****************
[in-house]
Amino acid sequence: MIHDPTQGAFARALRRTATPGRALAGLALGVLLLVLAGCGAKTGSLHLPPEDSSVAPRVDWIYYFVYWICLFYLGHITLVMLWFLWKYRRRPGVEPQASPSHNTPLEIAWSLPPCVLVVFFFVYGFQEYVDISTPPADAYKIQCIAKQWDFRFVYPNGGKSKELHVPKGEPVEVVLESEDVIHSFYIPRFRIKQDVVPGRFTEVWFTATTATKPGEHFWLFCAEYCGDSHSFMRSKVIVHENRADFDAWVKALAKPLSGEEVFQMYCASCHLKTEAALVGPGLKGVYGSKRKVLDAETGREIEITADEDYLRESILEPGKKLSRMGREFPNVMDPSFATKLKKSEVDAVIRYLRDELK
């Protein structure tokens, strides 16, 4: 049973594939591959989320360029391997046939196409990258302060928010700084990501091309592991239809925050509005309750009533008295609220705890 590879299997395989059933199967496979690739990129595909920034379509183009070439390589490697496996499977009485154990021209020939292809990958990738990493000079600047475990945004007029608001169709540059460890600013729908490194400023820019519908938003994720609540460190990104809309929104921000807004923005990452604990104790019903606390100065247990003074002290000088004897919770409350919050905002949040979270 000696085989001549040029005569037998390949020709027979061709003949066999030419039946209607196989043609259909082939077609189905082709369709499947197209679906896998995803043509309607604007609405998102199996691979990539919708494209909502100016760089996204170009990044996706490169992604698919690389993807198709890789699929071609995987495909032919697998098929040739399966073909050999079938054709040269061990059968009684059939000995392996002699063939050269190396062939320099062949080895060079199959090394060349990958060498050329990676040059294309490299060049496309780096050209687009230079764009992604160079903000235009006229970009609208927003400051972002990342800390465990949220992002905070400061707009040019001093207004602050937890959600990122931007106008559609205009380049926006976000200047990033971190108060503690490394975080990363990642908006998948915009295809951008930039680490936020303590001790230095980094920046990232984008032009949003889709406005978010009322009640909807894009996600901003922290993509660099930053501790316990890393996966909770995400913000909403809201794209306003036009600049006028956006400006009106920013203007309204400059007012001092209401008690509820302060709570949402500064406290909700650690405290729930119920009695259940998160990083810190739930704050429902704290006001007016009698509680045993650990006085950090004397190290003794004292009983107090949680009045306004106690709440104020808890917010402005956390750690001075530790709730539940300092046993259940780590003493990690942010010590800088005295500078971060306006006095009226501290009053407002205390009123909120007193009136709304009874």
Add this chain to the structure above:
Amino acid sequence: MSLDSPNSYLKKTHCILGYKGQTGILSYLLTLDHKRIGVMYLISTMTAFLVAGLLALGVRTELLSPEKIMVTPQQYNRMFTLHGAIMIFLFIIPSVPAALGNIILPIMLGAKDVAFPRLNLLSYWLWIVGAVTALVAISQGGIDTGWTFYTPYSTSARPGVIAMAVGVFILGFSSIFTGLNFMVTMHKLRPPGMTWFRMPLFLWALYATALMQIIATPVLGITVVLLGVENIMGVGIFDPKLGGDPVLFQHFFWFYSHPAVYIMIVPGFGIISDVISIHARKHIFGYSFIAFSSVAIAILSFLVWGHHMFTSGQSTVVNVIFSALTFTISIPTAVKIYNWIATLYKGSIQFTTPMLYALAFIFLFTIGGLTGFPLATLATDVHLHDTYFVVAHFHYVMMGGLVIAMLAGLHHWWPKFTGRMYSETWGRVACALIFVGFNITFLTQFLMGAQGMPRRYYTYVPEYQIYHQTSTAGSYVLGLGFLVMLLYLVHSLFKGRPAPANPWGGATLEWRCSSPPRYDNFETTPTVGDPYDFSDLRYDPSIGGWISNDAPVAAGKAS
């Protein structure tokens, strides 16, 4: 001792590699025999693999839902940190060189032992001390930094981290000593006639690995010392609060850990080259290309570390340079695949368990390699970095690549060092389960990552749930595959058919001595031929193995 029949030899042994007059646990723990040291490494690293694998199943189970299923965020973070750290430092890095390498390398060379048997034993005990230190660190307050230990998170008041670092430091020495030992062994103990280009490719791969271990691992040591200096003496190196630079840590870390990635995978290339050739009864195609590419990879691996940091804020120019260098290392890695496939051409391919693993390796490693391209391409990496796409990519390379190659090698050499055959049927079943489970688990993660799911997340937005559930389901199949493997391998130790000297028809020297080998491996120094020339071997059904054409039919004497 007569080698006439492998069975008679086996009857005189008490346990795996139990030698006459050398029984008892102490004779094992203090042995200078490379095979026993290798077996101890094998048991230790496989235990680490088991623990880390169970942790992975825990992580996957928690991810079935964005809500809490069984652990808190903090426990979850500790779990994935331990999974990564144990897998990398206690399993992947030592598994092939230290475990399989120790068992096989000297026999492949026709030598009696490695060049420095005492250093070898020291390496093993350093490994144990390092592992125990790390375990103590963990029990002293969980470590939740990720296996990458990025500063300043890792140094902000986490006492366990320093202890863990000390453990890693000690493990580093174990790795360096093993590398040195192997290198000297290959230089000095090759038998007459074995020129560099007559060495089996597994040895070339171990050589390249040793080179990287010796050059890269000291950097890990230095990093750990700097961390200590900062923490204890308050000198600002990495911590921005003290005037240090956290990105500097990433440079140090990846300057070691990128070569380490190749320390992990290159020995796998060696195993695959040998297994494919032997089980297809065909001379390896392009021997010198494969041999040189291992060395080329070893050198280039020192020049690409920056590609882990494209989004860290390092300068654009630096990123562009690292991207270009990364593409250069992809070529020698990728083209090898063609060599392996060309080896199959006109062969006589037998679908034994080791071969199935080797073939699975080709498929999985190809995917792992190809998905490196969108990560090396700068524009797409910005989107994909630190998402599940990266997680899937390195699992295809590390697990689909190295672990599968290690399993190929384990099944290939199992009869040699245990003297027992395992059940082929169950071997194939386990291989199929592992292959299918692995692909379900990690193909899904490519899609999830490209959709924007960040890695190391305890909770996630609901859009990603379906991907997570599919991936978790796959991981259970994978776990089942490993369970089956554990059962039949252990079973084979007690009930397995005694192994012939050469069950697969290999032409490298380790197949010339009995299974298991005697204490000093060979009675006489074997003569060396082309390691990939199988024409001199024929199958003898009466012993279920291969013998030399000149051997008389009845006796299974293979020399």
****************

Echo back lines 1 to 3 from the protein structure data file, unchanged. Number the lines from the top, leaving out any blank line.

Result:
[in-house]
Amino acid sequence: MIHDPTQGAFARALRRTATPGRALAGLALGVLLLVLAGCGAKTGSLHLPPEDSSVAPRVDWIYYFVYWICLFYLGHITLVMLWFLWKYRRRPGVEPQASPSHNTPLEIAWSLPPCVLVVFFFVYGFQEYVDISTPPADAYKIQCIAKQWDFRFVYPNGGKSKELHVPKGEPVEVVLESEDVIHSFYIPRFRIKQDVVPGRFTEVWFTATTATKPGEHFWLFCAEYCGDSHSFMRSKVIVHENRADFDAWVKALAKPLSGEEVFQMYCASCHLKTEAALVGPGLKGVYGSKRKVLDAETGREIEITADEDYLRESILEPGKKLSRMGREFPNVMDPSFATKLKKSEVDAVIRYLRDELK
């Protein structure tokens, strides 16, 4: 049973594939591959989320360029391997046939196409990258302060928010700084990501091309592991239809925050509005309750009533008295609220705890 590879299997395989059933199967496979690739990129595909920034379509183009070439390589490697496996499977009485154990021209020939292809990958990738990493000079600047475990945004007029608001169709540059460890600013729908490194400023820019519908938003994720609540460190990104809309929104921000807004923005990452604990104790019903606390100065247990003074002290000088004897919770409350919050905002949040979270 000696085989001549040029005569037998390949020709027979061709003949066999030419039946209607196989043609259909082939077609189905082709369709499947197209679906896998995803043509309607604007609405998102199996691979990539919708494209909502100016760089996204170009990044996706490169992604698919690389993807198709890789699929071609995987495909032919697998098929040739399966073909050999079938054709040269061990059968009684059939000995392996002699063939050269190396062939320099062949080895060079199959090394060349990958060498050329990676040059294309490299060049496309780096050209687009230079764009992604160079903000235009006229970009609208927003400051972002990342800390465990949220992002905070400061707009040019001093207004602050937890959600990122931007106008559609205009380049926006976000200047990033971190108060503690490394975080990363990642908006998948915009295809951008930039680490936020303590001790230095980094920046990232984008032009949003889709406005978010009322009640909807894009996600901003922290993509660099930053501790316990890393996966909770995400913000909403809201794209306003036009600049006028956006400006009106920013203007309204400059007012001092209401008690509820302060709570949402500064406290909700650690405290729930119920009695259940998160990083810190739930704050429902704290006001007016009698509680045993650990006085950090004397190290003794004292009983107090949680009045306004106690709440104020808890917010402005956390750690001075530790709730539940300092046993259940780590003493990690942010010590800088005295500078971060306006006095009226501290009053407002205390009123909120007193009136709304009874």